Value Required State (\w+)
Value Temperature (\d+)
Value DRAM (\d+)
Value Buffer (\d+)

Start
  ^${Chassis}:
  ^\s+${Slot}\s+${State}\s+${Temperature}\s+\d+\s+\d+\s+${DRAM}\s+\d+\s+${Buffer} -> Record
  ^\s+${Slot}\s+${State} -> Record


FSM Table:
['Chassis', 'Slot', 'State', 'Temperature', 'DRAM', 'Buffer']
['lcc0-re0', '0', 'Online', '24', '512', '52']
['lcc0-re0', '1', 'Online', '23', '256', '53']
['lcc0-re0', '2', 'Online', '23', '256', '49']
['lcc0-re0', '3', 'Online', '21', '256', '49']
['lcc0-re0', '4', 'Empty', '', '', '']
['lcc0-re0', '5', 'Empty', '', '', '']
['lcc0-re0', '6', 'Empty', '', '', '']
['lcc0-re0', '7', 'Empty', '', '', '']
['lcc1-re1', '0', 'Online', '20', '256', '50']
['lcc1-re1', '1', 'Online', '20', '256', '49']
['lcc1-re1', '2', 'Online', '21', '256', '49']
['lcc1-re1', '3', 'Online', '20', '256', '49']
['lcc1-re1', '4', 'Online', '18', '256', '49']
['lcc1-re1', '5', 'Empty', '', '', '']
['lcc1-re1', '6', 'Empty', '', '', '']
['lcc1-re1', '7', 'Empty', '', '', '']

Using 'List'

Often it may be necessary to have a particular column contain a list of values. For example when parsing a routing table, there may be multiple next hops per prefix. The below example is such a routing table, simplified for the purposes of this example:

       Destination        Gateway                      Dist/Metric Last Change
       -----------        -------                      ----------- -----------
  B EX 0.0.0.0/0          via 192.0.2.73                  20/100        4w0d
                          via 192.0.2.201
                          via 192.0.2.202
                          via 192.0.2.74
  B IN 192.0.2.76/30     via 203.0.113.183                200/100        4w2d
  B IN 192.0.2.204/30    via 203.0.113.183                200/100        4w2d
  B IN 192.0.2.80/30     via 203.0.113.183                200/100        4w2d
  B IN 192.0.2.208/30    via 203.0.113.183                200/100        4w2d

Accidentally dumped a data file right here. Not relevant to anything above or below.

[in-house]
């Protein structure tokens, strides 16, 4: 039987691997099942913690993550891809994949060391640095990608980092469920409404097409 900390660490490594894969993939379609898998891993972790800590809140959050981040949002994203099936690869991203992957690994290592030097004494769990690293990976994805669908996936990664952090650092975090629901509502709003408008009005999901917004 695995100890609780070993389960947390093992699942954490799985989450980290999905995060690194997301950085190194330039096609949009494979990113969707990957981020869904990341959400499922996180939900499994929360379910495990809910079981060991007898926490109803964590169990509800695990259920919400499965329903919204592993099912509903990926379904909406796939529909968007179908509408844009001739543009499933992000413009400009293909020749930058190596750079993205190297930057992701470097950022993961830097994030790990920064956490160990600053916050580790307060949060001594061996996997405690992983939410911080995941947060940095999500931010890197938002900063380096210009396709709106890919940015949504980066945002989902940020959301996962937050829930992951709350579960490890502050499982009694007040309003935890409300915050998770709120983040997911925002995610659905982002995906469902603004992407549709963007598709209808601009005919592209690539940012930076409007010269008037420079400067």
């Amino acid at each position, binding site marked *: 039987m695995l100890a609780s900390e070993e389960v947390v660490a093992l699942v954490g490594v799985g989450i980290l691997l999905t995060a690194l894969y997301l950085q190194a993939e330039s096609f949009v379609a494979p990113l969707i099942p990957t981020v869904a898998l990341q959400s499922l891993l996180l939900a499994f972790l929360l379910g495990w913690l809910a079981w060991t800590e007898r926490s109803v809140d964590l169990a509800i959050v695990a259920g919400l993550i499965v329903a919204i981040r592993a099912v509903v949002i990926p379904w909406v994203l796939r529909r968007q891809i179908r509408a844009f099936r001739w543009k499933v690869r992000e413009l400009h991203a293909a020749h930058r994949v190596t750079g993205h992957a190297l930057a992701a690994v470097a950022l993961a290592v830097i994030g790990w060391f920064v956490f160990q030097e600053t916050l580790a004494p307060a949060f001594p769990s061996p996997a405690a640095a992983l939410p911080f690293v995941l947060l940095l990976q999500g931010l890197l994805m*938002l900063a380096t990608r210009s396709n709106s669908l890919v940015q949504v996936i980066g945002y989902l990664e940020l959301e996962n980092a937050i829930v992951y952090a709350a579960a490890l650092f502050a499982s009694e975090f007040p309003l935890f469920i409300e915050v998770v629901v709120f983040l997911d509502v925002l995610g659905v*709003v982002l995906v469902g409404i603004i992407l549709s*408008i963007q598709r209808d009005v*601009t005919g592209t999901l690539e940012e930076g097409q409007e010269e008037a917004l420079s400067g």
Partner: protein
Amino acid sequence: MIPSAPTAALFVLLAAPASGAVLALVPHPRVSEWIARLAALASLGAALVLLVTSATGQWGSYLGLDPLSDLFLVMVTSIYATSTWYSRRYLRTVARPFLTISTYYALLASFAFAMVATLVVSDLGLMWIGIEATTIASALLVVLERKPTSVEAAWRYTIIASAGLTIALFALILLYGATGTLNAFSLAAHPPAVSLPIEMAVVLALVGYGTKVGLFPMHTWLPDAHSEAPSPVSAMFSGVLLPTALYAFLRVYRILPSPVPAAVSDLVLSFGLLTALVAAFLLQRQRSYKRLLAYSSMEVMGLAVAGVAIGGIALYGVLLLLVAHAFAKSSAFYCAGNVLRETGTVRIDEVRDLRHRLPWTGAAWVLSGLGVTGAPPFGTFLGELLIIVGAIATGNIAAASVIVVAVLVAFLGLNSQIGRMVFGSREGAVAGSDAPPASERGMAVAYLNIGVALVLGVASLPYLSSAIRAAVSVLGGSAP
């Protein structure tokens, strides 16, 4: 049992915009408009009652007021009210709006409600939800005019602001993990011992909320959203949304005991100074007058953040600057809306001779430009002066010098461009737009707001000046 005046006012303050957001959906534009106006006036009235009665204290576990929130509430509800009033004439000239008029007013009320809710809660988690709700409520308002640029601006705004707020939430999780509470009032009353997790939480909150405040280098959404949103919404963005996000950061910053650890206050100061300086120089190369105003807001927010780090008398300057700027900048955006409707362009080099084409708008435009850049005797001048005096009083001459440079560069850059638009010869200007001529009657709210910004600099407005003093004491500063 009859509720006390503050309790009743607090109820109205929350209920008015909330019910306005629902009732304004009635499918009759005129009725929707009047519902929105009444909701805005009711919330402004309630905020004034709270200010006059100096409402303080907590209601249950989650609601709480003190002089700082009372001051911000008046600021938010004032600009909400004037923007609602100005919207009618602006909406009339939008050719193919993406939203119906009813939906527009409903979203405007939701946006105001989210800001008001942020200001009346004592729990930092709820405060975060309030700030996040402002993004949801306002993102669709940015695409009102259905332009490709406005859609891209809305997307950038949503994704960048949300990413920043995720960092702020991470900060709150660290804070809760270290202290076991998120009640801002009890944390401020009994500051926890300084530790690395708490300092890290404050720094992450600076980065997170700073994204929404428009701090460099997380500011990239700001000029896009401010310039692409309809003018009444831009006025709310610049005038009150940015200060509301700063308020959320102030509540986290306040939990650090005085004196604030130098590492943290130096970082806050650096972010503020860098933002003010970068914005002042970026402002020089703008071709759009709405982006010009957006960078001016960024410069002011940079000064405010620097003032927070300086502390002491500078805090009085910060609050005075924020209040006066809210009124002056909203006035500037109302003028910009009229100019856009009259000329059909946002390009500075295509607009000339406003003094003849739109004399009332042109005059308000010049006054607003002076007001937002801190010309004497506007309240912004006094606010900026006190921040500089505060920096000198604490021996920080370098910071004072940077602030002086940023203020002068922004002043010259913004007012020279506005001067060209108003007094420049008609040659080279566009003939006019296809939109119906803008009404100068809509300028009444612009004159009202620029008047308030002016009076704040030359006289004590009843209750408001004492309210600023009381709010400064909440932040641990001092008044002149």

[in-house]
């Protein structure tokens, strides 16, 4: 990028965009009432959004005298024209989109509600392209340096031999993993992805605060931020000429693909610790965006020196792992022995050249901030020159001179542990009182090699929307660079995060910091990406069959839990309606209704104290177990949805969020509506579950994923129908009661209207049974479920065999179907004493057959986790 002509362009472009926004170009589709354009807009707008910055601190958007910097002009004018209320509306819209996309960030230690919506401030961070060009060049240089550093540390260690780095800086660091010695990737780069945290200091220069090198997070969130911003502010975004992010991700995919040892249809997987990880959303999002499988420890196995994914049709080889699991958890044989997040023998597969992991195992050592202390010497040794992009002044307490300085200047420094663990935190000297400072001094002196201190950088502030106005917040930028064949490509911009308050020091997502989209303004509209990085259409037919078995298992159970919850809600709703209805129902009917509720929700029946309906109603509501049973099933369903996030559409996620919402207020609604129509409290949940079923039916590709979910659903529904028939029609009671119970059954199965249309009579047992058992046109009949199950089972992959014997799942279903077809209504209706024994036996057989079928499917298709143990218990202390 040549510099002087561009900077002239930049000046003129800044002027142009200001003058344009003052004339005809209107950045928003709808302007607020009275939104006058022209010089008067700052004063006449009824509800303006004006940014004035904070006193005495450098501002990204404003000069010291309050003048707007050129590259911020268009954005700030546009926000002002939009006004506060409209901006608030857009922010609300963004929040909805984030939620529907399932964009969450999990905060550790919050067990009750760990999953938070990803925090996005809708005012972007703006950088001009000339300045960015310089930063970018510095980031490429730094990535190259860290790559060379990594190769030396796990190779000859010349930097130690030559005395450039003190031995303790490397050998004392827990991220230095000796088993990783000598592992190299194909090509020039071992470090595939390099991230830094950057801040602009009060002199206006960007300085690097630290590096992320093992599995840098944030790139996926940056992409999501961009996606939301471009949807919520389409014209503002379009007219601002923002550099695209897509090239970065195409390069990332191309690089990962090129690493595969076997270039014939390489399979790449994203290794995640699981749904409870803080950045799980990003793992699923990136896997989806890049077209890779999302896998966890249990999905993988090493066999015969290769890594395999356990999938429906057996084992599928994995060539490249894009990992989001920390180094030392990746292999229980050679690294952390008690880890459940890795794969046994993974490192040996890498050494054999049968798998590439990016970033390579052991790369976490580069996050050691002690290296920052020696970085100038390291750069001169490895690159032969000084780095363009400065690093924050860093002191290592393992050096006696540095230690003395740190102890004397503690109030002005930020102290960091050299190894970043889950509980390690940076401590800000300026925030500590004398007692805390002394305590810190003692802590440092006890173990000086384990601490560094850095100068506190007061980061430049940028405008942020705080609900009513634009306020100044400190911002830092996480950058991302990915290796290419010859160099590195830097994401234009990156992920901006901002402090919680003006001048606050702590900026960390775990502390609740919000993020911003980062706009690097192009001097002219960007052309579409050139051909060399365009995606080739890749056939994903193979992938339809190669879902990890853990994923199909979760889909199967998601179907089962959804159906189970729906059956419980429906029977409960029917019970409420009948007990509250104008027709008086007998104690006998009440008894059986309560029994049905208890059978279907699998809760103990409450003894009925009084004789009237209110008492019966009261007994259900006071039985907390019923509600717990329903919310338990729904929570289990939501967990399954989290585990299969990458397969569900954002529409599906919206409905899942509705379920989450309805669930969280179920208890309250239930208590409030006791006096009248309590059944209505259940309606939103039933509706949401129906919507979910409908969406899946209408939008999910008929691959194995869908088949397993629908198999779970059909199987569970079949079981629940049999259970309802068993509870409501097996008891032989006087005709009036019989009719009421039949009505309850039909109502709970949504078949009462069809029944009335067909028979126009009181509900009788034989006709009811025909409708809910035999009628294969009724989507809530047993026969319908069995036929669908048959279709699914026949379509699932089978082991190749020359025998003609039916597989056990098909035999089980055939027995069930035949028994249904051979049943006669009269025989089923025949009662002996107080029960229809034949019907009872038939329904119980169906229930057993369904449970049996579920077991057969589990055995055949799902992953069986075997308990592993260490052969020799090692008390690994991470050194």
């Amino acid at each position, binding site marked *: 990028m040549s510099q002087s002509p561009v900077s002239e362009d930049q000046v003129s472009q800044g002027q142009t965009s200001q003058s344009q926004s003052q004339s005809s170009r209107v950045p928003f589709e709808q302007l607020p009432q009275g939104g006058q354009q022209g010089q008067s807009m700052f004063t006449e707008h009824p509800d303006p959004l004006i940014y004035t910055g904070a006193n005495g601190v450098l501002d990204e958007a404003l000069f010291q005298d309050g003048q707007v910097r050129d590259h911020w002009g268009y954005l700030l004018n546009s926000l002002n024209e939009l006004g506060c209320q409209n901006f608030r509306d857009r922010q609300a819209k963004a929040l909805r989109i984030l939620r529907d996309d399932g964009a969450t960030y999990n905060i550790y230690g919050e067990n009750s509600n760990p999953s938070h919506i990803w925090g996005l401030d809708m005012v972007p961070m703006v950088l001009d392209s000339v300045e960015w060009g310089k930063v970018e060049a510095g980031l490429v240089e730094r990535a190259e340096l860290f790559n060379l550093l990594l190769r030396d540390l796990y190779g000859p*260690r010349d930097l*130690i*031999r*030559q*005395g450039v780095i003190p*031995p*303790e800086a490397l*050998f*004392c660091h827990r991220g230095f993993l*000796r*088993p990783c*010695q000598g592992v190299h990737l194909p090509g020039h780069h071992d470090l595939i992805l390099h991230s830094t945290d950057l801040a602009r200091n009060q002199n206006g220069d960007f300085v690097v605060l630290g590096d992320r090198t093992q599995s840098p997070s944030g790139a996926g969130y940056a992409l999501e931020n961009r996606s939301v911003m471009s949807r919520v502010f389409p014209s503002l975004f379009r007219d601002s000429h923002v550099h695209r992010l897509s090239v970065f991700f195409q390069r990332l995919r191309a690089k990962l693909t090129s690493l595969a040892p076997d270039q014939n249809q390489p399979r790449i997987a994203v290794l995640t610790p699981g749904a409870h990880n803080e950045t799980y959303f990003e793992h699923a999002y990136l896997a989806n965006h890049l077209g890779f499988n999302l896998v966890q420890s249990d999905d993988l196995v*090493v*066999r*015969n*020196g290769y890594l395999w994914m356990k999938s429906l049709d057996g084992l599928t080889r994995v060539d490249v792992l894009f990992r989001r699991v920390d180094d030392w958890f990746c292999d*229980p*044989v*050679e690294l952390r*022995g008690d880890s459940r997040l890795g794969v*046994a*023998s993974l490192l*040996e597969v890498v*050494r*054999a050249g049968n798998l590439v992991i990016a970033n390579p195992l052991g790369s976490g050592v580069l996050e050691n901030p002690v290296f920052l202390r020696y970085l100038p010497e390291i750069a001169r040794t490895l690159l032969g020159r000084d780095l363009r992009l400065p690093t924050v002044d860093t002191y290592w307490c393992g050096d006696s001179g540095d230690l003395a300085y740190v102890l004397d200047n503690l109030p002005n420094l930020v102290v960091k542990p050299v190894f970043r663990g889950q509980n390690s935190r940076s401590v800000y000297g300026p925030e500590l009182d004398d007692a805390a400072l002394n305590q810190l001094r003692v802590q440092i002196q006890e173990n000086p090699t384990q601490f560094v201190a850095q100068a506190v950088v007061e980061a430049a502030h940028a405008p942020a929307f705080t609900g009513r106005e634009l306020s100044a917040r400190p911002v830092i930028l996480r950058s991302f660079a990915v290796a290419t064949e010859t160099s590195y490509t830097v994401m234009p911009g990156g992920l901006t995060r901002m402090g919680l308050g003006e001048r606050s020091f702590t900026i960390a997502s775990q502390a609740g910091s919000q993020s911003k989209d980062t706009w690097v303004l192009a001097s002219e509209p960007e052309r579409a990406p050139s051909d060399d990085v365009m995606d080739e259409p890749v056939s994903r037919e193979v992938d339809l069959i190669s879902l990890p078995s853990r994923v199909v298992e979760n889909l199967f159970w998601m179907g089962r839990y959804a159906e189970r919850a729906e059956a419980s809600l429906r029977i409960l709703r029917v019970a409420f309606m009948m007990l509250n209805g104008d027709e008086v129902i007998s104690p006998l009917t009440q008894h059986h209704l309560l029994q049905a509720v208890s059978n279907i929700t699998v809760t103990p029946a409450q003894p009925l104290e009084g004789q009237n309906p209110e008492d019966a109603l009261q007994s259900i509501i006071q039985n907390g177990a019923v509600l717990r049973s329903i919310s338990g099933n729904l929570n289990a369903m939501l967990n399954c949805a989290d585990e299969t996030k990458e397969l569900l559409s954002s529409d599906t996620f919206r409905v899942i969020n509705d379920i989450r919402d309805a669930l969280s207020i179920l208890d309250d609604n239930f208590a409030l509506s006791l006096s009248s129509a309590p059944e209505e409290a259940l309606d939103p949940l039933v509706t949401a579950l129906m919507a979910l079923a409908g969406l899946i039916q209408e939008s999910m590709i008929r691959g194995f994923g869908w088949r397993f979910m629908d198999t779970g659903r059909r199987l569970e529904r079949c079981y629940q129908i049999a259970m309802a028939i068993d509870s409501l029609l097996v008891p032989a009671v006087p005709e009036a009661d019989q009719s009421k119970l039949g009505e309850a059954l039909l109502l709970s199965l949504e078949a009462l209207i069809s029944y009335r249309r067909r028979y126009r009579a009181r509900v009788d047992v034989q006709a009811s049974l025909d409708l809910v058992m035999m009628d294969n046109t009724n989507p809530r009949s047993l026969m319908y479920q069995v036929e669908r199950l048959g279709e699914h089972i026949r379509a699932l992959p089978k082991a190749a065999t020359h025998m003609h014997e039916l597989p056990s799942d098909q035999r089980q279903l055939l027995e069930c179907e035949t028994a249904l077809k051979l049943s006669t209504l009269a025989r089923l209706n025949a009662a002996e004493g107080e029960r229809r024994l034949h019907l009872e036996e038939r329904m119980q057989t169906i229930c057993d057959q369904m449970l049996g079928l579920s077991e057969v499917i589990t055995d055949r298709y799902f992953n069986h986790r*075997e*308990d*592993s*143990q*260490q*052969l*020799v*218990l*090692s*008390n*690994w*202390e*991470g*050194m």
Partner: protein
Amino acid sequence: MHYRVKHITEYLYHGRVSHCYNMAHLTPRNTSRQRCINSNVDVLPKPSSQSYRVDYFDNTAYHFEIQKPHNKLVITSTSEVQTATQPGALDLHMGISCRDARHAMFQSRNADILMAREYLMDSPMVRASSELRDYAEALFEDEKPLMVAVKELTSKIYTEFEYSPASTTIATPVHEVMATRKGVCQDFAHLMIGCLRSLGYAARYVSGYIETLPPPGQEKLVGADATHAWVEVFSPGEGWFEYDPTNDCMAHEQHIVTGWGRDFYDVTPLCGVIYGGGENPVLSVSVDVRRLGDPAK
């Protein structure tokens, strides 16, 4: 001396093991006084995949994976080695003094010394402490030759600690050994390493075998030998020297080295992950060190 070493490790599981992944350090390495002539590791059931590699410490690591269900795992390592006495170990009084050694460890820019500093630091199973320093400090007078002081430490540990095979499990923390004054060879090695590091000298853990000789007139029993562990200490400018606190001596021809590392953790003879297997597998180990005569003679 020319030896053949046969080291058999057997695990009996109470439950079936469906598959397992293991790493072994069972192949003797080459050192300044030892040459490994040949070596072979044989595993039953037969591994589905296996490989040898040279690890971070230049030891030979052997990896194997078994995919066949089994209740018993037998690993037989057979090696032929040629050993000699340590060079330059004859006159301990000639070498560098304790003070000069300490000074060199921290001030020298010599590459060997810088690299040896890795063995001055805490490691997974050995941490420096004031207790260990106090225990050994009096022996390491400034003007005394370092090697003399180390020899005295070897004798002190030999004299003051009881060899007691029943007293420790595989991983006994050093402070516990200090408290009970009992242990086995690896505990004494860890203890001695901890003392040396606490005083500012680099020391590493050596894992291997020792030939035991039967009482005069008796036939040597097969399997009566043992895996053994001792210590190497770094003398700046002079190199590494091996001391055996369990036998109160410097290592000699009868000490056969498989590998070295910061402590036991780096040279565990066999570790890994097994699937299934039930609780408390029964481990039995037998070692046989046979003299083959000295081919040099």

For this example, we will extract the following information:

  • Protocol
  • Type
  • Destination prefix
  • Gateway (for simplicity's sake we will assume all entries will be of the form "via a.b.c.d")
  • Distance
  • Metric
  • Last Change

Copy the above routing table output to a file called 'routes.txt'.

We will build a simple FSM to extract data. Put the below text into a file called 'routes.tmpl':

Value Protocol (\S)
Value Type (\S\S)
Value Required Prefix (\S+)
Value Gateway (\S+)
Value Distance (\d+)
Value Metric (\d+)
Value LastChange (\S+)

Start
  ^.*----- -> Routes

Routes
  ^  ${Protocol} ${Type} ${Prefix}\s+via ${Gateway}\s+${Distance}/${Metric}\s+${LastChange} -> Record

Note above that in the 'Start' state we have a special match for a line of dashes. This implicitly discards input text until after the headers are complete. It's not really needed or this case, but is useful to demonstrate for other cases where header data may be confused with actual row data.

Now run the template against the data:

$ ./textfsm.py route.tmpl routes.txt
FSM Template:
Value Protocol (\S)
Value Type (\S\S)
Value Prefix (\S+)
Value Gateway (\S+)
Value Distance (\d+)
Value Metric (\d+)
Value LastChange (\S+)

Start
  ^.*----- -> Routes

Routes
  ^  ${Protocol} ${Type} ${Prefix}\s+via ${Gateway}\s+${Distance}/${Metric}\s+${LastChange} -> Record


FSM Table:
['Protocol', 'Type', 'Prefix', 'Gateway', 'Distance', 'Metric', 'LastChange']
['B', 'EX', '0.0.0.0/0', '192.0.2.73', '20', '100', '4w0d']
['B', 'IN', '192.0.2.76/30', '203.0.113.183', '200', '100', '4w2d']
['B', 'IN', '192.0.2.204/30', '203.0.113.183', '200', '100', '4w2d']
['B', 'IN', '192.0.2.80/30', '203.0.113.183', '200', '100', '4w2d']
['B', 'IN', '192.0.2.208/30', '203.0.113.183', '200', '100', '4w2d']

The table is mostly filled...except that we only see the first Gateway for the default prefix. It's easy to see why - the template does not match the lines defining the other gateways. So how to work around this?